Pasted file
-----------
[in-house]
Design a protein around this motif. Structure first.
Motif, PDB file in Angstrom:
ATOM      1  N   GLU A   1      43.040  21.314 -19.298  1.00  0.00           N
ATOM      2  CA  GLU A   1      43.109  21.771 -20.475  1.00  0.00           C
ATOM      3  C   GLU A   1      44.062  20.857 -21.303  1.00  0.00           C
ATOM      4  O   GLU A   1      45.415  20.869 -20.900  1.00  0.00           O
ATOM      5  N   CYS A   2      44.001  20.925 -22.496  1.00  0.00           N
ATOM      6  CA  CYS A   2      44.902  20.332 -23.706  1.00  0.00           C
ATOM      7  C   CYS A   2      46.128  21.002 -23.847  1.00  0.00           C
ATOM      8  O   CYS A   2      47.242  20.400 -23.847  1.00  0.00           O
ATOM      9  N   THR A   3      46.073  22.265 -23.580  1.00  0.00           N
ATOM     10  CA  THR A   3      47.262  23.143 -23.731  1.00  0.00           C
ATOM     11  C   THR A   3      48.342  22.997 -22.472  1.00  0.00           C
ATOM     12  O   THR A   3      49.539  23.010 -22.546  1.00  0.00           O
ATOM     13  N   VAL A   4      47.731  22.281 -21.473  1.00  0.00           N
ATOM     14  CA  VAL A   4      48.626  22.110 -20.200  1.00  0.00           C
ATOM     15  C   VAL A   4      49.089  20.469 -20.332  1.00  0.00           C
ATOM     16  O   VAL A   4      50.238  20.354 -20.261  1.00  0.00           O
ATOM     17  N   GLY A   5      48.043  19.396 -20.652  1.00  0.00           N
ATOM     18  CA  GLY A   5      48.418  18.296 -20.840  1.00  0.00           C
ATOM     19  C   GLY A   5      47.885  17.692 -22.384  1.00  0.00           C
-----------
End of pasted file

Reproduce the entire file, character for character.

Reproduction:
[in-house]
Design a protein around this motif. Structure first.
Motif, PDB file in Angstrom:
ATOM      1  N   GLU A   1      43.040  21.314 -19.298  1.00  0.00           N
ATOM      2  CA  GLU A   1      43.109  21.771 -20.475  1.00  0.00           C
ATOM      3  C   GLU A   1      44.062  20.857 -21.303  1.00  0.00           C
ATOM      4  O   GLU A   1      45.415  20.869 -20.900  1.00  0.00           O
ATOM      5  N   CYS A   2      44.001  20.925 -22.496  1.00  0.00           N
ATOM      6  CA  CYS A   2      44.902  20.332 -23.706  1.00  0.00           C
ATOM      7  C   CYS A   2      46.128  21.002 -23.847  1.00  0.00           C
ATOM      8  O   CYS A   2      47.242  20.400 -23.847  1.00  0.00           O
ATOM      9  N   THR A   3      46.073  22.265 -23.580  1.00  0.00           N
ATOM     10  CA  THR A   3      47.262  23.143 -23.731  1.00  0.00           C
ATOM     11  C   THR A   3      48.342  22.997 -22.472  1.00  0.00           C
ATOM     12  O   THR A   3      49.539  23.010 -22.546  1.00  0.00           O
ATOM     13  N   VAL A   4      47.731  22.281 -21.473  1.00  0.00           N
ATOM     14  CA  VAL A   4      48.626  22.110 -20.200  1.00  0.00           C
ATOM     15  C   VAL A   4      49.089  20.469 -20.332  1.00  0.00           C
ATOM     16  O   VAL A   4      50.238  20.354 -20.261  1.00  0.00           O
ATOM     17  N   GLY A   5      48.043  19.396 -20.652  1.00  0.00           N
ATOM     18  CA  GLY A   5      48.418  18.296 -20.840  1.00  0.00           C
ATOM     19  C   GLY A   5      47.885  17.692 -22.384  1.00  0.00           C